the Basics | Concealer and Corrector

Sunday, 7 December 2014

You can probably find concealer in almost everyone's makeup bag. It's absolutely everyone's friend whether you want to cover redness, blemishes, dark circles, anything to leave your skin looking smooth and even. If you've never delved into the world of makeup photoshop, concealers and correctors are here in a range of colours to make you feel like the very best you can be.


Generally speaking, concealers are used to provide higher coverage than foundation or powder to cover problems like dark circles under the eyes, blemishes, discolouration, redness, you name it. They can also be used to brighten dark areas on the face and as a cream or liquid highlighting product across the cheeks and down the nose.

Correctors are coloured products designed to counteract discolouration in your skin by applying the opposite colour and blending to a neutral finish. These work in accordance with the colour wheel so, for example, the opposite of red is green so to cover redness you would use a green-based corrector. These can also come in yellow, pink, and purple and are used in all different situations to neutralise and even your skin pigmentation.


You're mostly going to find cream concealers and correctors as you browse the makeup aisles and counters because that formulation is typically the easiest to blend. They can vary in consistency and this makes the product more or less suited for different areas of the face. For under the eyes, you wouldn't want a product that was too thick or drying because you're applying it to delicate skin but for blemishes, you don't want it too thin because it won't cover the blemish!

Sometimes correctors and concealers come in liquid form but these are used in much the same way as cream formulas. Correctors can also come in powders (like the very famous Ben Nye Banana Powder) and these are used over top of foundation and other cream/liquid products to create a base that reflects light a certain way.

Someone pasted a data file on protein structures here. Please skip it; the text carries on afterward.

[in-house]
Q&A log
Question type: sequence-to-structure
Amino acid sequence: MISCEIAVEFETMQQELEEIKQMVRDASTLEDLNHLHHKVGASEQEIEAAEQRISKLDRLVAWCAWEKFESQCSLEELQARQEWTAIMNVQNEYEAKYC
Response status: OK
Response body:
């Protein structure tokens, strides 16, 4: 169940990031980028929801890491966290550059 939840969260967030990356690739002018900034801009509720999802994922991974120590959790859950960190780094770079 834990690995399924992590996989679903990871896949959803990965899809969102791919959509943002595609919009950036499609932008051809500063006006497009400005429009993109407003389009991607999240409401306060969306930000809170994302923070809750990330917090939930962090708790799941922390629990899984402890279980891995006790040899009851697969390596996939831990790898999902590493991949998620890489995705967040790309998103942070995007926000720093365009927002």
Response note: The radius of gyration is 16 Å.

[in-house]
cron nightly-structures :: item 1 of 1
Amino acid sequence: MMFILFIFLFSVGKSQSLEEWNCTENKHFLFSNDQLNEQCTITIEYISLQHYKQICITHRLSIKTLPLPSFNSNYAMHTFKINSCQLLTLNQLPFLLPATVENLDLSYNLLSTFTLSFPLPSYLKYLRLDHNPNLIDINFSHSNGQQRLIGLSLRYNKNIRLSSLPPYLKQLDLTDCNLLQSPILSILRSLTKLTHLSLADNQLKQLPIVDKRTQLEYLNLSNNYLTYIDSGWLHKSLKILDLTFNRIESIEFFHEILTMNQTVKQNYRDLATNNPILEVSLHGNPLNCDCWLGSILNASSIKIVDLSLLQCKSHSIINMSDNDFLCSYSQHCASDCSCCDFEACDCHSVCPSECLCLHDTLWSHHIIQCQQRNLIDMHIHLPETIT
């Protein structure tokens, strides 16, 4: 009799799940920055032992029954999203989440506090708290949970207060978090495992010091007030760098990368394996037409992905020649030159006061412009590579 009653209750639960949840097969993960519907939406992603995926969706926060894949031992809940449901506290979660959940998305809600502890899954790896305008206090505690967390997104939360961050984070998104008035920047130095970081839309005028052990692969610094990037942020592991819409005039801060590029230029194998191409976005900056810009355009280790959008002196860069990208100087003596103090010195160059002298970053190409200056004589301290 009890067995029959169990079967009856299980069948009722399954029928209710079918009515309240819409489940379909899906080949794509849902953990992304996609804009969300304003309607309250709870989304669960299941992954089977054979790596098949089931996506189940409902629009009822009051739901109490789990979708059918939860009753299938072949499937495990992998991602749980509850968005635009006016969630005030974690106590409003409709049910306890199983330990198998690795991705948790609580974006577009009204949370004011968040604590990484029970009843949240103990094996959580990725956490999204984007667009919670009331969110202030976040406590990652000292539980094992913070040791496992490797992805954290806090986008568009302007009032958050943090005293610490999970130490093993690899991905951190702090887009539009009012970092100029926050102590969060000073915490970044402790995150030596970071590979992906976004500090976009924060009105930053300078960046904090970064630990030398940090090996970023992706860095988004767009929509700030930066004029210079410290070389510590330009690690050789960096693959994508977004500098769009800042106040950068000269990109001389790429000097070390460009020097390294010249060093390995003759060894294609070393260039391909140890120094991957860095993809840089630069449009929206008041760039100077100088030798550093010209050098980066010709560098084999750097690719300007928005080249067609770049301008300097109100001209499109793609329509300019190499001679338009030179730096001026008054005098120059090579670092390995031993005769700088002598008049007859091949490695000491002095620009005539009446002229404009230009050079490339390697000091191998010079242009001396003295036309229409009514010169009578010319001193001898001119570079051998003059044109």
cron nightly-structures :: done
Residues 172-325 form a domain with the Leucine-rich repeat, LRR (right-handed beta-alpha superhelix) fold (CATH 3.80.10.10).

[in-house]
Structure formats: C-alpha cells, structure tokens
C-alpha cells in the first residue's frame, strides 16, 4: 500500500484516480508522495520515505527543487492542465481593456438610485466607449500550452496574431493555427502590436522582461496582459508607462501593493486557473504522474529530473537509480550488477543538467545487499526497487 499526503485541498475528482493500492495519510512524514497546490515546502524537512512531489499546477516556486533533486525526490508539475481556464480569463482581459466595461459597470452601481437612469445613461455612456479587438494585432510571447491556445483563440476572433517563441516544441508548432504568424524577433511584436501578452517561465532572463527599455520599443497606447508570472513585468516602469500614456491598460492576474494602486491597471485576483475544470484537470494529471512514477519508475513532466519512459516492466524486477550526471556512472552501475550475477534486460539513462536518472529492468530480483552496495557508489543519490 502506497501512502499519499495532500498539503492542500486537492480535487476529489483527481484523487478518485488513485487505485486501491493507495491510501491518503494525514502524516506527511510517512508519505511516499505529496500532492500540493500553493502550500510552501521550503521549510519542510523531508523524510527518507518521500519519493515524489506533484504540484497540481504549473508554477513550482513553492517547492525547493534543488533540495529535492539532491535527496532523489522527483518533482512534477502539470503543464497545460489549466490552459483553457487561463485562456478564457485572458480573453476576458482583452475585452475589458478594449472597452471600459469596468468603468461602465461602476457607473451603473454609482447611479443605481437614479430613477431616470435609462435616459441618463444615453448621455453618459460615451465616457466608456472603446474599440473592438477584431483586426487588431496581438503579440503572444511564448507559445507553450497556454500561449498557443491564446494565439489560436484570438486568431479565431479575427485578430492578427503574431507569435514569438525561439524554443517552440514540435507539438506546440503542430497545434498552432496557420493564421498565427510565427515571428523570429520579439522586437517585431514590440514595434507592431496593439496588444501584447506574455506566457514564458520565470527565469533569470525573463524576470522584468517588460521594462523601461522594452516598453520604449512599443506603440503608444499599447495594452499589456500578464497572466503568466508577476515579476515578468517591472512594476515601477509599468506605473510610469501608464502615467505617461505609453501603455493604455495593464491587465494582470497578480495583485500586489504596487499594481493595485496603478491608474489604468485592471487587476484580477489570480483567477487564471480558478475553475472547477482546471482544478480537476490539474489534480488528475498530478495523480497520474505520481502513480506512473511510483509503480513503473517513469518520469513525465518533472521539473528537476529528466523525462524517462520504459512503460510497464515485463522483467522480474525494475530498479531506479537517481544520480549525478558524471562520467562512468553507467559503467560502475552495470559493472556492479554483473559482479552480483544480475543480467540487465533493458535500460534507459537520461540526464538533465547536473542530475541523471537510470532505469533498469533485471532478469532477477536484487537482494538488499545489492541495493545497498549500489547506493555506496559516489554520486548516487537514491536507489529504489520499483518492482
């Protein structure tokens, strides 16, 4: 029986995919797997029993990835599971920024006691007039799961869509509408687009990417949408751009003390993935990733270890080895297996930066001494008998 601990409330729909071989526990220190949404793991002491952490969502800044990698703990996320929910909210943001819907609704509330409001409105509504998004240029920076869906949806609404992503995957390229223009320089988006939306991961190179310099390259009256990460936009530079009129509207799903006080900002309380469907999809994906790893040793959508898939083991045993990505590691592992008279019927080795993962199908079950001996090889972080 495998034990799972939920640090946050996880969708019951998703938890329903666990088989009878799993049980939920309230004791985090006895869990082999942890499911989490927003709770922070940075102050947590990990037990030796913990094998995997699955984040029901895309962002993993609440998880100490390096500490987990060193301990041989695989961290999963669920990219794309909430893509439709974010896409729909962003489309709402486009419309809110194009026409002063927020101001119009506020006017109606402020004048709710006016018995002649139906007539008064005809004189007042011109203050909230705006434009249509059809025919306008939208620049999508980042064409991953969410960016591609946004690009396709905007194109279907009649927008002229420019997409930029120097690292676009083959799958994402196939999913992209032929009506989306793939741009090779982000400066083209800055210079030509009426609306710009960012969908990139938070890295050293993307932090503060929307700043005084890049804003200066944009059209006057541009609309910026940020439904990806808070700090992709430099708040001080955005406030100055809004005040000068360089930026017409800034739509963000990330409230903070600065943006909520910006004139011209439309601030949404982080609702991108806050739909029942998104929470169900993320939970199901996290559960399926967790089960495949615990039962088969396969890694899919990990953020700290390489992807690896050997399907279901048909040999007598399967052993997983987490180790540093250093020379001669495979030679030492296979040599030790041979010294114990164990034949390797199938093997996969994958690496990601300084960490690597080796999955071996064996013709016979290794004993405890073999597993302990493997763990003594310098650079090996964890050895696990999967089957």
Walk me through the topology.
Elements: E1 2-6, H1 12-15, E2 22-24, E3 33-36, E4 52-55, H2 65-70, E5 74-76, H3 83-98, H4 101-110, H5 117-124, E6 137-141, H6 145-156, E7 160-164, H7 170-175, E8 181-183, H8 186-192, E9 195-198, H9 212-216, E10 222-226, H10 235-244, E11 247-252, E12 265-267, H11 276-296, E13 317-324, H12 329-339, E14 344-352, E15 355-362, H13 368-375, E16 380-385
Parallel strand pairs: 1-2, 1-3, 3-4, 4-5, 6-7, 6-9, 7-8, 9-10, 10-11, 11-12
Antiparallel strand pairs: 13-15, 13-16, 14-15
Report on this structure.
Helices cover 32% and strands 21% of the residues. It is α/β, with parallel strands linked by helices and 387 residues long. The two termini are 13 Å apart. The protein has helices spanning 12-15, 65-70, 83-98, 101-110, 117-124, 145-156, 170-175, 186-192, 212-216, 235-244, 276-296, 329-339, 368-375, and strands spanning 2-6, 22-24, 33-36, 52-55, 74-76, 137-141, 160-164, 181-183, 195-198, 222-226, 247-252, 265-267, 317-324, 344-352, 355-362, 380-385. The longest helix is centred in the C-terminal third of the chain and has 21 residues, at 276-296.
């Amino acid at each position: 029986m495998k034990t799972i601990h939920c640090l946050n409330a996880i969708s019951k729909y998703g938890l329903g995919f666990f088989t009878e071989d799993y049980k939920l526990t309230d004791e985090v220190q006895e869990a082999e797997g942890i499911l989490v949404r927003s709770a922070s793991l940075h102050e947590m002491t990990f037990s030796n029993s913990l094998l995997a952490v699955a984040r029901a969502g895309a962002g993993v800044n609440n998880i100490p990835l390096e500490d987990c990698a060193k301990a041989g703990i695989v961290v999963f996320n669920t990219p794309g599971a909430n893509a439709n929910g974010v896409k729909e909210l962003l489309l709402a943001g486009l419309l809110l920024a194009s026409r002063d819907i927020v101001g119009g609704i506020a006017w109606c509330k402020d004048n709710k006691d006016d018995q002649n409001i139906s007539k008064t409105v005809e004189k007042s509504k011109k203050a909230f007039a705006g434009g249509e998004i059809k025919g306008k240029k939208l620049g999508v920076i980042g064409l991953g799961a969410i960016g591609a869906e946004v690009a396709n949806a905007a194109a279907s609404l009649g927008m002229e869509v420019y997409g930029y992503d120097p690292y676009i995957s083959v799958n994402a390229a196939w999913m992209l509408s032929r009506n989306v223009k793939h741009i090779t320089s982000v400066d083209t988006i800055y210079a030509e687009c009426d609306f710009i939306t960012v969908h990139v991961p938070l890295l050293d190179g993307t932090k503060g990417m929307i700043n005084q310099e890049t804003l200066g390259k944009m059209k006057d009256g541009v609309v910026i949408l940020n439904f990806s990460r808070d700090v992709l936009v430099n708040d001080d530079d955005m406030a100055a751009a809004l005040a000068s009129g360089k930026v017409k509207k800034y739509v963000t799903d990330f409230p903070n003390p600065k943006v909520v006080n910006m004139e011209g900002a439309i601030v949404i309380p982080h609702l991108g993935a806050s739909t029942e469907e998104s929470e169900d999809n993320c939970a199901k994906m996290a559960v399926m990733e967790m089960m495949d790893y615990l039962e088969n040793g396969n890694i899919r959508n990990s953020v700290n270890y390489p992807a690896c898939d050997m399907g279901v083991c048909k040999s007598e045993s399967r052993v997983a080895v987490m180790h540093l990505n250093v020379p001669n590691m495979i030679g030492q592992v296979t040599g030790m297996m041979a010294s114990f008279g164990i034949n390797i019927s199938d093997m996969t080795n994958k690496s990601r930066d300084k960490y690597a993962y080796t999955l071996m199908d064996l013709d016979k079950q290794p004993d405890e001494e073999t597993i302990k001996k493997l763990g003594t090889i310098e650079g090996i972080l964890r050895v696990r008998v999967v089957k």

This is probably the part that most people misunderstand about concealers and correctors. These are products designed to go on top of your foundation because they provide additional coverage to what your foundation already conceals. It makes sense, right? If you put concealer on underneath foundation then you're more than likely using more concealer than you necessarily need to which can lead to product wastage and a caked-on face.

Once you've blended your foundation in really well, see what areas still need a bit of coverage and then reach for the concealers and correctors. For blemishes, try spot concealing to make blending and covering easier. For larger highlighting areas, dab with your finger to warm the product up and work into an even blend with your foundation. Fingers, brushes, and sponges are all perfectly acceptable ways to apply and blend concealer so just use the one that works best for you and the product you're using.

Correctors work in the same way as concealers in that they go over the top of foundation but if you're using a powder corrector then this should be the last step of your base application to make sure you don't disturb its placement on your skin.

If you're going for a completely flawless face and want to layer up your concealers and correctors, use the corrector first and mix the concealer in over the top.

xx Julia

the Basics | Foundation | Contouring 

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